.Anti – semitism is abhorrent but then so is publicly labelling someone anti Semitic without cause .

nordic_prince | August 14, 2014 at 6:14 pm

But Islam is the religion of “peace,” n’est-ce pas?

They should kick out the hate-filled cockroaches. They don’t deserve to live in polite society.

For a long time, I have been puzzled by the terms anti-Zionism and anti-Semitism. I see how everywhere they are referred to as totally different terms, but I’ve had a hard time trying to understand the difference.

So, for the last couple of months, I have been reading about the topic. I have read articles that explain the difference in detail. In the end, though I don’t consider myself an expert, I reached a verdict:

Anti-Zionists that claim they’re not anti-Semites go by:

“I don’t have a problem with Jews, as long as they don’t settle in Judea. Or anywhere else.”

There’s no such thing as non-anti-Semitic anti-Zionism.

    Stimpy in reply to Exiliado. | August 15, 2014 at 5:19 am

    Furthermore the “anti-Zionist” rhetoric uses the exact words and phrases as anti-Semitic hate speech. Read it and you can see it just substitutes “Zionist” for “Jews” or “Israel” for “the Jews”.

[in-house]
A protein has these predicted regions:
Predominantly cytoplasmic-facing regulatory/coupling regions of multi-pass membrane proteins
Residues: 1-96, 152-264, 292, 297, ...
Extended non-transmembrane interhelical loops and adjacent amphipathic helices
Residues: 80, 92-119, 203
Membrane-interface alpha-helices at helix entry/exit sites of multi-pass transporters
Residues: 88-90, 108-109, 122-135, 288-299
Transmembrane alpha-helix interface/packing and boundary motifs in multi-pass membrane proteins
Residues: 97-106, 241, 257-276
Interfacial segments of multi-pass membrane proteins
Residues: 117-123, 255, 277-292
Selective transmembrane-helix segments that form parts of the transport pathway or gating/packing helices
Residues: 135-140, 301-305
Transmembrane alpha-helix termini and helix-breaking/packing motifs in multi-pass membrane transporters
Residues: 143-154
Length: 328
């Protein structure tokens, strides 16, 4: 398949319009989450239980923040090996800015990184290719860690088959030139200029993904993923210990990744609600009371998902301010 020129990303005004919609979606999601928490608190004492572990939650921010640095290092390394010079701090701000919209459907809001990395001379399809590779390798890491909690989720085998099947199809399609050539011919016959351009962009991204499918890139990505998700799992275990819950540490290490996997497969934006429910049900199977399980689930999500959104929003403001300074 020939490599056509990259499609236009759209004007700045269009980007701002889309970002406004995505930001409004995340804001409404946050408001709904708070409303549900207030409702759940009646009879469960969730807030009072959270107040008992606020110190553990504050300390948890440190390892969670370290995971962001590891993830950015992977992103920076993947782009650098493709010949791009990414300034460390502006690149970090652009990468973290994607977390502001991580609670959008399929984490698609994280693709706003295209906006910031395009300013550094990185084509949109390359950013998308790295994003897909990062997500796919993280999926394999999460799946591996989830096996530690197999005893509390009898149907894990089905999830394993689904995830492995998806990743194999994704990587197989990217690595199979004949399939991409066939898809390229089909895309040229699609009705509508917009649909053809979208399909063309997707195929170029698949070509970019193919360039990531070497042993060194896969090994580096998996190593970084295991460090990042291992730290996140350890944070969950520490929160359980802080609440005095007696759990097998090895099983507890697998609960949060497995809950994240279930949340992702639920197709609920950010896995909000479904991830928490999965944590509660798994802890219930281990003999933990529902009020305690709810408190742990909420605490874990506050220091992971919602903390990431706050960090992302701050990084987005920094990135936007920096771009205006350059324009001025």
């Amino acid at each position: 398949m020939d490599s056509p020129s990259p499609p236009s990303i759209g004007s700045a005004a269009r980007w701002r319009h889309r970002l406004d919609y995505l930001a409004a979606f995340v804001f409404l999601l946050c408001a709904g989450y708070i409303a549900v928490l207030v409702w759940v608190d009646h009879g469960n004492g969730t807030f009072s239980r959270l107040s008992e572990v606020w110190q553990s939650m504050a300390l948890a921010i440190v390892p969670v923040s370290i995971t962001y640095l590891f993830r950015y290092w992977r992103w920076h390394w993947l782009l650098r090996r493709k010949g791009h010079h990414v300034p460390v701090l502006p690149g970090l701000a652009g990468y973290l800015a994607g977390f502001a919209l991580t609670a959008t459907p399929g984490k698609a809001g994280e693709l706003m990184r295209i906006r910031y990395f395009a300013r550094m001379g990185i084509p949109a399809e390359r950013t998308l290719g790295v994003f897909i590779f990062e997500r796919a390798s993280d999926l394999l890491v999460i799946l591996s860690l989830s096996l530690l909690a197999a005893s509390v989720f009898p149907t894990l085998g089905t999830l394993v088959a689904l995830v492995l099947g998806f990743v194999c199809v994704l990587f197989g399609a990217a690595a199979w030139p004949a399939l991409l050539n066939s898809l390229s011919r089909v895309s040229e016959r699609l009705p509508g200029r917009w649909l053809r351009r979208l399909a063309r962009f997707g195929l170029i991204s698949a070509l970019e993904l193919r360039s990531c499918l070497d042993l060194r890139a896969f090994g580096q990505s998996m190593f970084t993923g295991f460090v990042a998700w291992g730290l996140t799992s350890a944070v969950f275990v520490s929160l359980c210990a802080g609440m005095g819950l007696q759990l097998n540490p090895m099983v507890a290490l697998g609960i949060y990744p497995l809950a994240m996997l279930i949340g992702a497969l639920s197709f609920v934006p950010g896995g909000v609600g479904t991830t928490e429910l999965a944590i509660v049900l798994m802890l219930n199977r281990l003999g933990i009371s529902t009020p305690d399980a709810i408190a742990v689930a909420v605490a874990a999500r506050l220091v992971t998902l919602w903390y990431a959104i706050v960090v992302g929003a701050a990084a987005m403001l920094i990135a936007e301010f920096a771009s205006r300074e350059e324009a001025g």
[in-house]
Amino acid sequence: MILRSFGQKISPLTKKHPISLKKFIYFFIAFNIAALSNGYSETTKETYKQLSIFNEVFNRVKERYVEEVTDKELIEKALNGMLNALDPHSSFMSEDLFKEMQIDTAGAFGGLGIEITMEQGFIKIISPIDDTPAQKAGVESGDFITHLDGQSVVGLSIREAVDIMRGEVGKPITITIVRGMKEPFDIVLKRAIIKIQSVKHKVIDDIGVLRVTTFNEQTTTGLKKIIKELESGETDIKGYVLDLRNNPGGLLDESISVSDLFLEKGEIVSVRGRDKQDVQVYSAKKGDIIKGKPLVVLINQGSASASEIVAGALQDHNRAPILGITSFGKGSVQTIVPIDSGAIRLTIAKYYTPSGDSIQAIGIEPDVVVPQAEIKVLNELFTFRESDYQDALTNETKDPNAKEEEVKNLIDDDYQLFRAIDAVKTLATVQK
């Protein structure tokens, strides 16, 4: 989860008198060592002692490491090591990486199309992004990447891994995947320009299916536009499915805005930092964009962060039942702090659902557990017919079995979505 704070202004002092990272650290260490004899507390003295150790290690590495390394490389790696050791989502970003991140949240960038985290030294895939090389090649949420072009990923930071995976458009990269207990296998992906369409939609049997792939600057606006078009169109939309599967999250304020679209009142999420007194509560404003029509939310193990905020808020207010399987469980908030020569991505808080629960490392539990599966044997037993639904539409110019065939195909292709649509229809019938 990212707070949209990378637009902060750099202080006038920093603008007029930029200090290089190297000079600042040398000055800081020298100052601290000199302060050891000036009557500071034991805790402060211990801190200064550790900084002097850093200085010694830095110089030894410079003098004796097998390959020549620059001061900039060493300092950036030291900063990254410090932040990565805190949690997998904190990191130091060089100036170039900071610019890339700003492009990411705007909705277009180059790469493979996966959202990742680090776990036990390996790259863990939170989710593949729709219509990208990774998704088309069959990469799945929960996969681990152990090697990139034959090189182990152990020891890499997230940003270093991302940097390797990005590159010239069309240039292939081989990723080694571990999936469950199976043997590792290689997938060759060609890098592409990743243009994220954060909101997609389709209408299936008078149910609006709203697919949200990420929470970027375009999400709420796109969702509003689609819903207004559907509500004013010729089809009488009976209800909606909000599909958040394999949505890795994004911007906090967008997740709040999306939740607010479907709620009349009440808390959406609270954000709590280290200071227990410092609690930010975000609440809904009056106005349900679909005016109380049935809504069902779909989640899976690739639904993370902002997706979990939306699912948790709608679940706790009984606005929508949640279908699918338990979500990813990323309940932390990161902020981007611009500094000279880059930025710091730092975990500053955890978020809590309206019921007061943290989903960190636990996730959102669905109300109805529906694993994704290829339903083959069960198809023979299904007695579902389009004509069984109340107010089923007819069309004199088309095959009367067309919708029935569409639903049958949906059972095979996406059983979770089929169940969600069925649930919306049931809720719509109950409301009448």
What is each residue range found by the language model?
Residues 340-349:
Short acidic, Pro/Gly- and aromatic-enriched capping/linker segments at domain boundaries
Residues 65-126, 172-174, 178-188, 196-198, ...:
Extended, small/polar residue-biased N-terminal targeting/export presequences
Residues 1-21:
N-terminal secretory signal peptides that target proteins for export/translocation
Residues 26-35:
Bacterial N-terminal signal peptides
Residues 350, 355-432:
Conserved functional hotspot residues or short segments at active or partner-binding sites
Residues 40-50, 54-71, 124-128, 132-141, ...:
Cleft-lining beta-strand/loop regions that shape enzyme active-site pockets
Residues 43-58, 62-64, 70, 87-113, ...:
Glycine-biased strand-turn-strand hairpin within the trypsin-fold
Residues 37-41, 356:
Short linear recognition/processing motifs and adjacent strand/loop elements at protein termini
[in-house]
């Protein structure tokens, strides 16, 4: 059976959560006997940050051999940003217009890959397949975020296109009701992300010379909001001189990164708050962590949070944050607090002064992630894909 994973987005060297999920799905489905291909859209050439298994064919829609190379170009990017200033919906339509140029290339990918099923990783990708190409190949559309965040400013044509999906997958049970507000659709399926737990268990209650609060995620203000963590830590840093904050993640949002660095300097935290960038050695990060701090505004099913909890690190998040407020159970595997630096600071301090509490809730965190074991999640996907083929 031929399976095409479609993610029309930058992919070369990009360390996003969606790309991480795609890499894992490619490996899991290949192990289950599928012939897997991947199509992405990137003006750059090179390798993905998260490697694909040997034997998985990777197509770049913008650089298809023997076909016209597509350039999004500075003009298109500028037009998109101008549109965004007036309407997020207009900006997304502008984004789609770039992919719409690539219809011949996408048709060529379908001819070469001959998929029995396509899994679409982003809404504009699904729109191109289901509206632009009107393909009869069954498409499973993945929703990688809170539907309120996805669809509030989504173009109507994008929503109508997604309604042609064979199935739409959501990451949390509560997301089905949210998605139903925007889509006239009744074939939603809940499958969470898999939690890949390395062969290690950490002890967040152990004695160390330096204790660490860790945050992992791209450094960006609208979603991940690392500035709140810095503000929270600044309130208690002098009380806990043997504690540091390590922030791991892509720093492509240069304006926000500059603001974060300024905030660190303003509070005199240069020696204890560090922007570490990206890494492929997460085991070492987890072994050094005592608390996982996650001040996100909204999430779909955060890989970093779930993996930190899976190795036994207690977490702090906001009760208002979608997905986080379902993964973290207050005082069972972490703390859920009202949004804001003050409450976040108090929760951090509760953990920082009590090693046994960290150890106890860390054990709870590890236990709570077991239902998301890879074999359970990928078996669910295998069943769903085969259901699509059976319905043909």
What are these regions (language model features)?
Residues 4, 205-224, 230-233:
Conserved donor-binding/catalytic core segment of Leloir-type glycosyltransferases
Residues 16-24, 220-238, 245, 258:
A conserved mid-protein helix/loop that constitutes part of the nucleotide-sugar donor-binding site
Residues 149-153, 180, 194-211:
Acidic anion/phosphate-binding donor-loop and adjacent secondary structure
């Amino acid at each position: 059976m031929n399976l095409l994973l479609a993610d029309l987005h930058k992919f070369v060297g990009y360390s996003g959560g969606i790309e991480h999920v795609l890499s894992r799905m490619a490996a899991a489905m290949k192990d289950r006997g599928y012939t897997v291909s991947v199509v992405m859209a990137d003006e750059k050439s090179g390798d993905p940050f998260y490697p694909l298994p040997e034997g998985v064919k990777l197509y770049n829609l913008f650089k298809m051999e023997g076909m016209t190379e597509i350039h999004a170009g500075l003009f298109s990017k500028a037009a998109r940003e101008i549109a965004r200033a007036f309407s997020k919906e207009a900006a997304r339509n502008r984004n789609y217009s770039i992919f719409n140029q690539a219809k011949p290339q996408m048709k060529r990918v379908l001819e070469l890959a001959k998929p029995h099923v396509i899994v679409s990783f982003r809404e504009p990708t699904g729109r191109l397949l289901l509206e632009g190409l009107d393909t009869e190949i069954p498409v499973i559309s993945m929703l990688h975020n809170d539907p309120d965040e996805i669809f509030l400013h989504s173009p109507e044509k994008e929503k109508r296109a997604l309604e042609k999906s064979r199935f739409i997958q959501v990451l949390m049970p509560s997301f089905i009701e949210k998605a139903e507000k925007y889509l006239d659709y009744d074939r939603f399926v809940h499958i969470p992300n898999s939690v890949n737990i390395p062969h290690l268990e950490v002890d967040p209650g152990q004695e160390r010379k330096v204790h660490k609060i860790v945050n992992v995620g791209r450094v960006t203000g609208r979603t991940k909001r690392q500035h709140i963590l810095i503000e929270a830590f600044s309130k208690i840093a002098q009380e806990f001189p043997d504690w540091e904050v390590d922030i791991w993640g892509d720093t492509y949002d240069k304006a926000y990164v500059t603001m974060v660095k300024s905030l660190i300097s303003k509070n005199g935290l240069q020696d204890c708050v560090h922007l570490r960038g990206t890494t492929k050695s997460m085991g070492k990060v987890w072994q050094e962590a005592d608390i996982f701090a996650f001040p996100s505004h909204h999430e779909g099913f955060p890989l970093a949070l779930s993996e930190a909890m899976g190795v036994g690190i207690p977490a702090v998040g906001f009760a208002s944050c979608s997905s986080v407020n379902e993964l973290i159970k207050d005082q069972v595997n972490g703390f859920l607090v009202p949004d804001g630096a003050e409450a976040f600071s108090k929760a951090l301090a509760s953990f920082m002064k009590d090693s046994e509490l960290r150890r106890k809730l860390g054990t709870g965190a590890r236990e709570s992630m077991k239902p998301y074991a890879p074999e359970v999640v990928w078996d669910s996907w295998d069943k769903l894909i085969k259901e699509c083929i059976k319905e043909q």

Surely for the “intellectuals” spouting this stuff that lack of originality must be an even greater sin than mere bigotry.

    Notice they attack Jewish-owned shops and synagogues, not even identifiably “Israeli” targets like consulates.

    Message: every Jew is a “Zionist”

By the way, I don’t know if anyone posted this video before, but it’s a must watch.

This is a global racist hate campaign – plain and simple.

Any country that has allowed Islamist immigration is suffering for their generosity.

In some European nations it is a criminal act to say that there is something fundamentally wrong with Islam, or to say that Muslim immigrants are not assimilating and are often hostile to European values of tolerance.

This kind of stuff can only happen in a country with strict gun control laws.